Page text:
That Wiley girl she still tries to walk with her back straight. She is still gentle-still kind to others, like it was some elusive holy grail to stay beautiful,to have compassion and empathy somewhere deep inside. She is never kind to herself.

To feel clean, to feel anything at all for herself, to punish herself she has to cut her arms to shreds, as if she were in a trance-deeper deeper, and she ain’t never seen so much blood, like she was slaughtering herself,and for a little while she feels alive, euphoric and she cleans herself up afterwards, sometimes her mother does with some kind of frantic look in her eyes-that look back at the Wiley girl’s dead eyes. She is never held, but her bones seem to ache, for that. Only the ugly old men hold her————— down. Tell her things like I got some animal instinct to fuck you, and another saying you are my girl, would just die without you…though I will burn.

At seventeen there was a car on a hill, one with fake leather seats and cruise control and the one who couldn’t live without her-finally getting what he wanted-cause he was always saying you just aren’t big enough and I don’t really want to hurt you, don’t really want to make you cry———-my girl. She gave no more to him, could give mo more to him, one last attempt to save her life and she said to him if you touch me again I will kill you. He ain’t looking so brave no more, he is looking worried, looking scared, like some small withered thing-that the secret would be out, that she would go on a path that would ruin him, that really would throw him in hell. He feels his ulcers flare up, like he made the Wiley girl’s ulcers flare up all those years.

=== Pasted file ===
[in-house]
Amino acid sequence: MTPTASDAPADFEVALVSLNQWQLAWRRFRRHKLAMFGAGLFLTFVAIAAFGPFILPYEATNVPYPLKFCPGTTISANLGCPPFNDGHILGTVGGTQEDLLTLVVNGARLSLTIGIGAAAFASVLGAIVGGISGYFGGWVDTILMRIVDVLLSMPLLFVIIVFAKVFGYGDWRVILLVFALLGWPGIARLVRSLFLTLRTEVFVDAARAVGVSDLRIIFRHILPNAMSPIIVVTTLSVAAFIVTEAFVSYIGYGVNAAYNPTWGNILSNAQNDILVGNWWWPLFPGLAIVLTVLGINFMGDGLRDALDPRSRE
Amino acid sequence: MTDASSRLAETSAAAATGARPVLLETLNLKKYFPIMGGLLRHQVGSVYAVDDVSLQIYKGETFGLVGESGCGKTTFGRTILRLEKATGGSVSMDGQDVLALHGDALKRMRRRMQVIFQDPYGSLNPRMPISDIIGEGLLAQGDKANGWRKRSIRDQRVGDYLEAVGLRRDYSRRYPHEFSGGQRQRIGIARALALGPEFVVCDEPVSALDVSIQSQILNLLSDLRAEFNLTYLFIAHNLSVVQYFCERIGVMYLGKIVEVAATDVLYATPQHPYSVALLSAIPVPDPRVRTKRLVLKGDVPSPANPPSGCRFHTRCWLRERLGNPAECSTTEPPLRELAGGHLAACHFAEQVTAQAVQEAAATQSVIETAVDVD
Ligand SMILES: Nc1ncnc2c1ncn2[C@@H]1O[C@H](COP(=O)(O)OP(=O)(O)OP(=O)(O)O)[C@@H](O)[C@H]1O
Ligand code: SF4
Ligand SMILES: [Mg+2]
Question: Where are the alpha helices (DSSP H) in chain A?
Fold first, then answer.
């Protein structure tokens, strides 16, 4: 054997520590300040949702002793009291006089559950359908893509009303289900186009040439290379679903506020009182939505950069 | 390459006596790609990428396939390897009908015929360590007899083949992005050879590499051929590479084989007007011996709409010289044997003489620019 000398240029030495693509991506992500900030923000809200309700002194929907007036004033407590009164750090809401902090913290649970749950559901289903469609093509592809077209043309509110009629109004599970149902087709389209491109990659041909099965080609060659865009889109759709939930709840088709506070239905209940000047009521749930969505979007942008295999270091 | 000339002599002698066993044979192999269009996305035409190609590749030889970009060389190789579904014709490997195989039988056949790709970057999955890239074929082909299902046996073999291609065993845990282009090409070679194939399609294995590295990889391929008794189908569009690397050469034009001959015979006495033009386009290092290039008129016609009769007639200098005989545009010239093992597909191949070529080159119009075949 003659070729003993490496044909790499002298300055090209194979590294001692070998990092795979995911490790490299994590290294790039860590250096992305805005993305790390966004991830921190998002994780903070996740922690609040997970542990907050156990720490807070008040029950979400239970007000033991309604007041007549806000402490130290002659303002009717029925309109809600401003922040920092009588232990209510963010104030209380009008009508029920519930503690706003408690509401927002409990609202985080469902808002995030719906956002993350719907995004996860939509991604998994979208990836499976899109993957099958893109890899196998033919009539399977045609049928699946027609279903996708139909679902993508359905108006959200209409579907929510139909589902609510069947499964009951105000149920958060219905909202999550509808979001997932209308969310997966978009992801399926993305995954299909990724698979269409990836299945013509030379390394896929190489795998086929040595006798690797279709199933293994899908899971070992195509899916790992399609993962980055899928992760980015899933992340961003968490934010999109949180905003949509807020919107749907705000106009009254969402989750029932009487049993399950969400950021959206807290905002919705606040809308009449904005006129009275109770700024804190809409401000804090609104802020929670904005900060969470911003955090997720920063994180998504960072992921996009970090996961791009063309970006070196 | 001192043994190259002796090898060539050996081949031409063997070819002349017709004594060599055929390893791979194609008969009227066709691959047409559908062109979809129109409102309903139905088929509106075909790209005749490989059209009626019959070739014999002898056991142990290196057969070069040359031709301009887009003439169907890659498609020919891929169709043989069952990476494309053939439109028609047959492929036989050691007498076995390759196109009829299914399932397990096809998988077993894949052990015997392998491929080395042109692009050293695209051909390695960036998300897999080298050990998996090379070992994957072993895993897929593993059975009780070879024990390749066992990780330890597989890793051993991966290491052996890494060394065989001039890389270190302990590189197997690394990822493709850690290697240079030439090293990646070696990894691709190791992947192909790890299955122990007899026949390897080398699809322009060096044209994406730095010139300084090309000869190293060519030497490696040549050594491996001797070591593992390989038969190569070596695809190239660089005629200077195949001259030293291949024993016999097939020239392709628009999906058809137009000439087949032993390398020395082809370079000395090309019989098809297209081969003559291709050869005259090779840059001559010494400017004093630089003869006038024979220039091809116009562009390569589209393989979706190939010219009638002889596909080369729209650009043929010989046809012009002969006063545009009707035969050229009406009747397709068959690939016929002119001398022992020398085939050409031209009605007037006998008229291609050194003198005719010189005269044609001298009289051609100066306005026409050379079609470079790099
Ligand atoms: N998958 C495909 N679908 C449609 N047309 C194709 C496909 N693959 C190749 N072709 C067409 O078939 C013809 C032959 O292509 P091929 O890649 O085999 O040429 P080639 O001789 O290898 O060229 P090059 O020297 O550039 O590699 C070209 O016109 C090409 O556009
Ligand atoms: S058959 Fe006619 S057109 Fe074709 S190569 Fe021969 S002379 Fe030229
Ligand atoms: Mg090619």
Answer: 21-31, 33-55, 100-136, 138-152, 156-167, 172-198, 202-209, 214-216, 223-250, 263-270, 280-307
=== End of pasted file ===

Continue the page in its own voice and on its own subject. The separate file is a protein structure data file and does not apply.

But she be older now, of consensual age-and he really had nothing to worry about-how would it be proved and the village would cry whore you know, my girl.

But he never tries to touch her again, to get in her again. She doesn’t ruin him, ruin them, she thinks about the others it would hurt-and it wasn’t their fault.

That Wiley girl she grows up old, grows up sad, and on her knees, she makes mistakes, so many mistakes, she loses and loses, she gains, she loves and she loves and she loves, she tries to forget, she still tries not to feel, but still she cries. She wonders what it would be like to really not be here-you know that peace, the bliss that is spoken of, the thing that carries you away and heals you.

She looks at the scars on her arms the old faded scars and doesn’t mind them much. Lives with them, contemplates them. But she doesn’t want to just live with them, she wants to celebrate them, sometimes, she tries to celebrate them, maybe she has always tried.

What love would it take, and how many years would she wait for that love-till she was very old, till she was middle aged when when when, when would all of this be beautiful?